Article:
Hundreds of films are set to hit Potsdamer Platz this month and the battle for the Golden Bear, handed out by jury president Juliette Binoche, is on. Film editor Paul O’Callaghan on what to expect at this year’s Berlinale (Feb 7-17).
The 2019 festival marks the end of an era as director Dieter Kosslick, after almost 18 years at the helm, is set to hang up his ostentatiously wide-brimmed hat at the conclusion of the 69th edition. Barring any last-minute surprises, it seems Kosslick intends to stick the landing by adhering to his tried and tested formula: a sprawling programme that prioritises diversity over tight curation, a handful of hotly anticipated new films by art-house heavyweights, and a splash of red-carpet glamour.
Many feel that the Berlinale is in desperate need of a radical refresh, as evinced by the fact that the festival has seen a steady decline in headline-grabbing world premieres in recent years. But while we’re eager to see what changes incoming directors Carlo Chatrian and Mariette Rijssenbeek will bring, the Berlinale remains the most democratic and accessible of Europe’s major film festivals, prioritising local audiences over industry elites, and offering a little something for every subsection of the filmgoing public.
THE BIG NAMES
The festival kicks off with Lone Scherfig’s The Kindness of Strangers, an original ensemble drama set during a New York winter, starring Andrea Riseborough and Zoe Kazan. The Danish director’s work tends to be solid rather than spectacular, but her last film, 2016’s romantic wartime drama Their Finest, was a crowd-pleasing gem, so here’s hoping for more of the same. If celeb-spotting is at the top of your festival agenda, you should head to Potsdamer Platz for the German premiere of Adam McKay’s Dick Cheney biopic Vice (C), starring Christian Bale, Amy Adams, Steve Carell and Sam Rockwell. Meanwhile, this year’s eclectic Panorama line-up includes directorial efforts by a pair of Hollywood A-listers. Jonah Hill’s Mid90s is a nostalgia-soaked love letter to skater culture featuring man-of-the-moment Lucas Hedges, while Casey Affleck’s Light of My Life is a post-apocalyptic survival drama, in which Affeck stars alongside Elisabeth Moss.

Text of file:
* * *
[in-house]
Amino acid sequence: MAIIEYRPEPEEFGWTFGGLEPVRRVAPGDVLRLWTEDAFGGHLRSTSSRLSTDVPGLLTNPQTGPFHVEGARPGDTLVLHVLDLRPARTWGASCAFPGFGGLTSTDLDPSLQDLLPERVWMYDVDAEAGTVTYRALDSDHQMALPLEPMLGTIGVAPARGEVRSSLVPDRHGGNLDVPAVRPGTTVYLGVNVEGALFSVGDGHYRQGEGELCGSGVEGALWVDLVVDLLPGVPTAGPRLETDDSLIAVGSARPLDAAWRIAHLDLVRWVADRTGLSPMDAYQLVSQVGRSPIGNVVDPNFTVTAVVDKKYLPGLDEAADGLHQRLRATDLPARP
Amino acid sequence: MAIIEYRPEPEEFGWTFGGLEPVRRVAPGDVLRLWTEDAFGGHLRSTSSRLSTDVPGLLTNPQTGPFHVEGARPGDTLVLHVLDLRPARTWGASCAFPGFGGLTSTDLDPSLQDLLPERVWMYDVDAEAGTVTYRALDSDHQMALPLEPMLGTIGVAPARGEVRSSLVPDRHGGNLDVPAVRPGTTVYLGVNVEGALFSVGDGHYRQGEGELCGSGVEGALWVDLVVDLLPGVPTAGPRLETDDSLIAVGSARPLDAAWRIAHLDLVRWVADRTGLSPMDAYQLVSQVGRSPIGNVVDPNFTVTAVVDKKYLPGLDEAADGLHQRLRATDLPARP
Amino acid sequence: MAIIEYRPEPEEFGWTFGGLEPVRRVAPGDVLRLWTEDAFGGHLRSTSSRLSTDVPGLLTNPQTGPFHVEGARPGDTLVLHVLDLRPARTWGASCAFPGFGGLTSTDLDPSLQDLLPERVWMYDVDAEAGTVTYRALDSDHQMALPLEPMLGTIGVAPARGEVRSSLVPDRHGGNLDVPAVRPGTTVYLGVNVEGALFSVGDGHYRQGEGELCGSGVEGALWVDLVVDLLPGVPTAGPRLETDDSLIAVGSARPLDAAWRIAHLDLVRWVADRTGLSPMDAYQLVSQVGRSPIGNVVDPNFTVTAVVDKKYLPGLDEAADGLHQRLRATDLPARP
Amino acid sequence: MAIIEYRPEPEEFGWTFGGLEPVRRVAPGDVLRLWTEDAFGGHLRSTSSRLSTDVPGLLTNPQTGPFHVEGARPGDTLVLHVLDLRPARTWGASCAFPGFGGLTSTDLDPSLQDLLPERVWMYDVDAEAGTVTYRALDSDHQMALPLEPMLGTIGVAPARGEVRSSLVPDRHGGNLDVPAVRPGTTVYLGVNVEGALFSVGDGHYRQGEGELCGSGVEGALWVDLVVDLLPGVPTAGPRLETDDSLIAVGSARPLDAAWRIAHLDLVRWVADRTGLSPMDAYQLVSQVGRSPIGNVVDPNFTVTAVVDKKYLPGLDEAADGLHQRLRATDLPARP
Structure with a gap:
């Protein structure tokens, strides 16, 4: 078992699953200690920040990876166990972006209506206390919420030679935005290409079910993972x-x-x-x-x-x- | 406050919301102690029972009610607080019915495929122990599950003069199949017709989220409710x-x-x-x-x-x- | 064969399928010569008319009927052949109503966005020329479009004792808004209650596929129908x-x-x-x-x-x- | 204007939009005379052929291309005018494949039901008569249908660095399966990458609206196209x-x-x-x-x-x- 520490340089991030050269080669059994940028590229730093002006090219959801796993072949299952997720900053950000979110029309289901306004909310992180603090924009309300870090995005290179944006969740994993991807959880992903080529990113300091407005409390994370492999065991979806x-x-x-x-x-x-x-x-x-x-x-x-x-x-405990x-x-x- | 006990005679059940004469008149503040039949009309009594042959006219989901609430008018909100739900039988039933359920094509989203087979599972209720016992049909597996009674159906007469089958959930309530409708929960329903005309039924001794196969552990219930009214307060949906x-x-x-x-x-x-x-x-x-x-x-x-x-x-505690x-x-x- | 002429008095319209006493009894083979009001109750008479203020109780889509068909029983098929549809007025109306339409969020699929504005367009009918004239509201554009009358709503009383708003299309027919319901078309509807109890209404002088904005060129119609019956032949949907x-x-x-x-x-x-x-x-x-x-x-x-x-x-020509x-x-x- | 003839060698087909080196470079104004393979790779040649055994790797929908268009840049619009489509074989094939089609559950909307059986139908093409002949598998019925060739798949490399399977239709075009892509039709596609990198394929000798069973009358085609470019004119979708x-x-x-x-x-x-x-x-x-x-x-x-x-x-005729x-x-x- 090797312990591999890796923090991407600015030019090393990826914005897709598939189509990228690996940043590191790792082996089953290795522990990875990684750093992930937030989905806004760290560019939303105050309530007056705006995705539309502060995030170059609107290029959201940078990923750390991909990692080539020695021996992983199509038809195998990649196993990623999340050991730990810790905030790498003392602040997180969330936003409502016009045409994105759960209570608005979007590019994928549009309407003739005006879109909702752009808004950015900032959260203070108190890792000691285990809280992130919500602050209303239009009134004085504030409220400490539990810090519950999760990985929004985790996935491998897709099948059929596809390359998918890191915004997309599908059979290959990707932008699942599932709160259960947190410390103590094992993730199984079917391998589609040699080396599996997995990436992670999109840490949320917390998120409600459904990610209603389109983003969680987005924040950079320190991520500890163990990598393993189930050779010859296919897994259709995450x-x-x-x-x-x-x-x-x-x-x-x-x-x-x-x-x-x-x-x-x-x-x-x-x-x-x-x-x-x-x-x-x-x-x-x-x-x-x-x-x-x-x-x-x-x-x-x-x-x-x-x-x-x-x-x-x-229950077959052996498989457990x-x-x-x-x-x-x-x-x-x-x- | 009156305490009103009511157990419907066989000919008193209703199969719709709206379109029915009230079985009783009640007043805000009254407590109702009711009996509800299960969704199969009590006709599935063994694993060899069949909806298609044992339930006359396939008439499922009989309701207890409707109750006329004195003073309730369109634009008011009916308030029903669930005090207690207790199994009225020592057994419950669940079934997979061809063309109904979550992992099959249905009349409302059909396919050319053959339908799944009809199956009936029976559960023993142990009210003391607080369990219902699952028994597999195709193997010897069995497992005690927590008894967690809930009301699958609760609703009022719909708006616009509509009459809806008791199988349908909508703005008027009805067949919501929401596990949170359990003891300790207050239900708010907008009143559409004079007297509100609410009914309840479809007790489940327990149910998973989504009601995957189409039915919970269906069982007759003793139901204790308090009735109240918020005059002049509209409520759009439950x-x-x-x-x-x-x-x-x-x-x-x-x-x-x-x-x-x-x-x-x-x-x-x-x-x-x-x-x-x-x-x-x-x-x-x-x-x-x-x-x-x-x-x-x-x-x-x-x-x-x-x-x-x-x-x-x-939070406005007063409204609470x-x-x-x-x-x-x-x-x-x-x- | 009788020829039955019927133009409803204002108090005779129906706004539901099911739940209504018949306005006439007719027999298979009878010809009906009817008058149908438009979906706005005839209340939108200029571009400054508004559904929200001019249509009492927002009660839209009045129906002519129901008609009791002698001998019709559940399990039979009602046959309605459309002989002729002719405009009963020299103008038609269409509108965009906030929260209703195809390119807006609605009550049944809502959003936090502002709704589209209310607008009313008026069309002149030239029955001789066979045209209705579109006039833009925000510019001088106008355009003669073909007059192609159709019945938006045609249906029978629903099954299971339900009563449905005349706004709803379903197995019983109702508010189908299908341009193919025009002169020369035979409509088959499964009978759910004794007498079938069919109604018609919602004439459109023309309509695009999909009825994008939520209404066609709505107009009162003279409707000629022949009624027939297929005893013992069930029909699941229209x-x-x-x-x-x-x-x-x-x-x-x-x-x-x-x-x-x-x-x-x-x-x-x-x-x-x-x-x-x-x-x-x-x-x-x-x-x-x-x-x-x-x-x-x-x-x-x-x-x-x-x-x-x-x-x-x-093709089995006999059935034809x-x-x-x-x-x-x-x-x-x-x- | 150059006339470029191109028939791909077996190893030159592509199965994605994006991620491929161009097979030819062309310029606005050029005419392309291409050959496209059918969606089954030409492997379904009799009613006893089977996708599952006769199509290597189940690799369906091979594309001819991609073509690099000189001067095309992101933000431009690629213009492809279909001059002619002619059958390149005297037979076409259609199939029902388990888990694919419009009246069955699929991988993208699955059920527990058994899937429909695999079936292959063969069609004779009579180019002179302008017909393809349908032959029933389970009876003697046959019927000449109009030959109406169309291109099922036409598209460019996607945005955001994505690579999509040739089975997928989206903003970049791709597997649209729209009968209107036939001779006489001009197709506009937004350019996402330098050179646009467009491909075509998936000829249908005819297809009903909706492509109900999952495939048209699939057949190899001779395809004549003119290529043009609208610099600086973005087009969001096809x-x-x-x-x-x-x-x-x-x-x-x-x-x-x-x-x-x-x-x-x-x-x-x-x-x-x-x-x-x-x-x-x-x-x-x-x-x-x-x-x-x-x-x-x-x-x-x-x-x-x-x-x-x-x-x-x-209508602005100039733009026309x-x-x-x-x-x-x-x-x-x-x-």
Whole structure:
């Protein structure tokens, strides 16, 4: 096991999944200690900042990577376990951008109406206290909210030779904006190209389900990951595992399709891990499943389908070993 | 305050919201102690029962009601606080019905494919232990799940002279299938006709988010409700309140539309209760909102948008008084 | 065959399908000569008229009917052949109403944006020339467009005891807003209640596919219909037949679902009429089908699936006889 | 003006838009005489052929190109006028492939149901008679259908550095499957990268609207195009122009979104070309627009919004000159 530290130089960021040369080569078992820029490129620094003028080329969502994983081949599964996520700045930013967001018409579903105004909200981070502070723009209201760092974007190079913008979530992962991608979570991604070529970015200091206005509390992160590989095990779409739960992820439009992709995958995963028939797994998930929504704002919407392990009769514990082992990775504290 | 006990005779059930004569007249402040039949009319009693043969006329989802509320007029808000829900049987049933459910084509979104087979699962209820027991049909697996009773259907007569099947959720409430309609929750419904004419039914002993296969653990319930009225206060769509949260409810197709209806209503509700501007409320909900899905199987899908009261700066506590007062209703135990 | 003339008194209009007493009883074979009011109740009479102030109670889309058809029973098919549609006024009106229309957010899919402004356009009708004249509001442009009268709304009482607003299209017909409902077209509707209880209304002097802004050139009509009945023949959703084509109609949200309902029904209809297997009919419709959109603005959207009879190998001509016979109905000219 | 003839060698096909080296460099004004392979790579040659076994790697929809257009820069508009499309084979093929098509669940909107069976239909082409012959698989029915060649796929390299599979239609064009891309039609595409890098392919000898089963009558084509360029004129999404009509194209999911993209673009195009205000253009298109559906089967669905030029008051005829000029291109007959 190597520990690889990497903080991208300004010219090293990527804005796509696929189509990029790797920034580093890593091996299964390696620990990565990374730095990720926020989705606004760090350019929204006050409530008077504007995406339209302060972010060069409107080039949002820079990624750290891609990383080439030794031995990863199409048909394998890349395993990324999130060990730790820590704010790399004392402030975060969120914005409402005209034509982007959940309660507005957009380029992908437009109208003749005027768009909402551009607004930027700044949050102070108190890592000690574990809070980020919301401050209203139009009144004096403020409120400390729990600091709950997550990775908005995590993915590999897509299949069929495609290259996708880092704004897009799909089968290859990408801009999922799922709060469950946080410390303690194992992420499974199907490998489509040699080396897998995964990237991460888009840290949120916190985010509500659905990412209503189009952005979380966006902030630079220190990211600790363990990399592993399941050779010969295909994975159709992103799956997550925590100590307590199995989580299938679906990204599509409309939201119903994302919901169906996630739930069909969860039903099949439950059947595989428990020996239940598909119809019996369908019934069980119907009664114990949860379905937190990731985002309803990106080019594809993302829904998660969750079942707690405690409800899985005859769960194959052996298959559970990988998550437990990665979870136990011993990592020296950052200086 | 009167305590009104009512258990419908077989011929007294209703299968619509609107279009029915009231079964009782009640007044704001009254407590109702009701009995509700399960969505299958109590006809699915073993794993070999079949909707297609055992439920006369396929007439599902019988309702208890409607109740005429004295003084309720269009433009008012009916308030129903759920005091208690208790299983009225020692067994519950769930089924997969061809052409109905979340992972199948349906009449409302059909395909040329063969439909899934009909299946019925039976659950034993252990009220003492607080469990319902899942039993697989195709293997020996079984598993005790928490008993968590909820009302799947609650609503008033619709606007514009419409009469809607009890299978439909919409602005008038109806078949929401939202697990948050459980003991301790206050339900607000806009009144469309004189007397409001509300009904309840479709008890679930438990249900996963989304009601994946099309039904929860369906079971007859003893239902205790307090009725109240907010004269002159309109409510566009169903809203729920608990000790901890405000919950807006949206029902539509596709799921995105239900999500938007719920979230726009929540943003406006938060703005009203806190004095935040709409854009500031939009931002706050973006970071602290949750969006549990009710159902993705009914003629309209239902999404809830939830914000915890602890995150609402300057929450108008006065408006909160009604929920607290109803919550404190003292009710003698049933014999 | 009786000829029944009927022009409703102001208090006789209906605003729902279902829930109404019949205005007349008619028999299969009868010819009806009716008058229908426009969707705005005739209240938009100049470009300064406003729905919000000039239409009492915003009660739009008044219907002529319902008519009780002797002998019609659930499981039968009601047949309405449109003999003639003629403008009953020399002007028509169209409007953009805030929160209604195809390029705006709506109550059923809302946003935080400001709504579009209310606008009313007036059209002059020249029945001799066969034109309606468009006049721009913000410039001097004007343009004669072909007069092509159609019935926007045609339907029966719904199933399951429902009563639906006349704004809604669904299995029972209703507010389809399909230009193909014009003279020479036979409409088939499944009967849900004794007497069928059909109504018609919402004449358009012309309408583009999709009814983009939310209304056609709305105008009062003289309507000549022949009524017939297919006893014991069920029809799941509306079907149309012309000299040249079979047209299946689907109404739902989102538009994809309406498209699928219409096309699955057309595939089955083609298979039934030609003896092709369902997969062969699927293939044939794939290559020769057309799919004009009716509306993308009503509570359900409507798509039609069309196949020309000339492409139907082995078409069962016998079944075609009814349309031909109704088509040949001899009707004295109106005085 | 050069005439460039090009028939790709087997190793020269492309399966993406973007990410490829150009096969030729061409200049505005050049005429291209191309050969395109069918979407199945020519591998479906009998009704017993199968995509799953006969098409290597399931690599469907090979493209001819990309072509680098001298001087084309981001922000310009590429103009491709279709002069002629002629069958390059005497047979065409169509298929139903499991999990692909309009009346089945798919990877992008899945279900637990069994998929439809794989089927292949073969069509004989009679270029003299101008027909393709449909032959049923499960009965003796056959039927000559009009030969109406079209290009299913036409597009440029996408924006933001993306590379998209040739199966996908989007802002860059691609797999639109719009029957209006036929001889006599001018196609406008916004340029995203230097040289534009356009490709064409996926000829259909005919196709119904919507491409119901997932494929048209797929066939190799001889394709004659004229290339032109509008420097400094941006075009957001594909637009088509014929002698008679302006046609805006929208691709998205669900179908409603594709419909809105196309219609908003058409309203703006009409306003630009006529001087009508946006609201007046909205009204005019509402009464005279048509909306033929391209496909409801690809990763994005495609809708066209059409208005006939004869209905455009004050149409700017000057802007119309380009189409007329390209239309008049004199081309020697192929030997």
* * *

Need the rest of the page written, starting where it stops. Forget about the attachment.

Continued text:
THE THRILL OF THE FRINGE
The Berlinale tends to value substantial world cinema over Hollywood gloss, and this year’s programme features enticing new works from celebrated auteurs. Agnès Varda’s self-reflective Faces Places was one of our favourite releases of last year, and the inimitable nonagenarian filmmaker shows no sign of slowing down, with her new autobiographical doc Varda by Agnès screening out of competition. François Ozon follows up his camp erotic thriller Double Lover with the more weighty-sounding By the Grace of God (C), inspired by a real-life case of sex abuse in the Catholic Church. Poland’s Agnieszka Holland, last here in 2017 with her Silver Bear-winning eco-thriller Spoor, returns with Mr. Jones (C), the true story of a Welsh photographer who uncovered the horrifying Soviet famine of 1932 to 1933. And while Germany’s Fatih Akin has a spotty track record, we’re intrigued by the prospect of his new horror-thriller The Golden Glove (C), based on the life of 1970s serial killer Fritz Honka, who preyed on prostitutes in Hamburg’s red light district.
If you’re on the lookout for films with a strong local connection, Annekatrin Hendel’s Schönheit & Vergänglichkeit (P) promises an intimate portrait of iconic Berghain doorman Sven Marquardt, focusing on his formative years as part of the East Berlin punk scene and his work as a photographer. Sven inevitably also features in David Dietl’s breezy doc Berlin Bouncer (PDK), alongside fellow local nightlife luminaries Smiley Baldwin and Frank Künster. Uli M Schueppel’s The Breath (P) sees a disparate bunch of Berliners describe surprising or traumatic moments from their past. And Pia Hellenthal’s Searching Eva (P) profiles a free-spirited Italian model/sex worker who found her spiritual home in Kotti.
CHINA IN FOCUS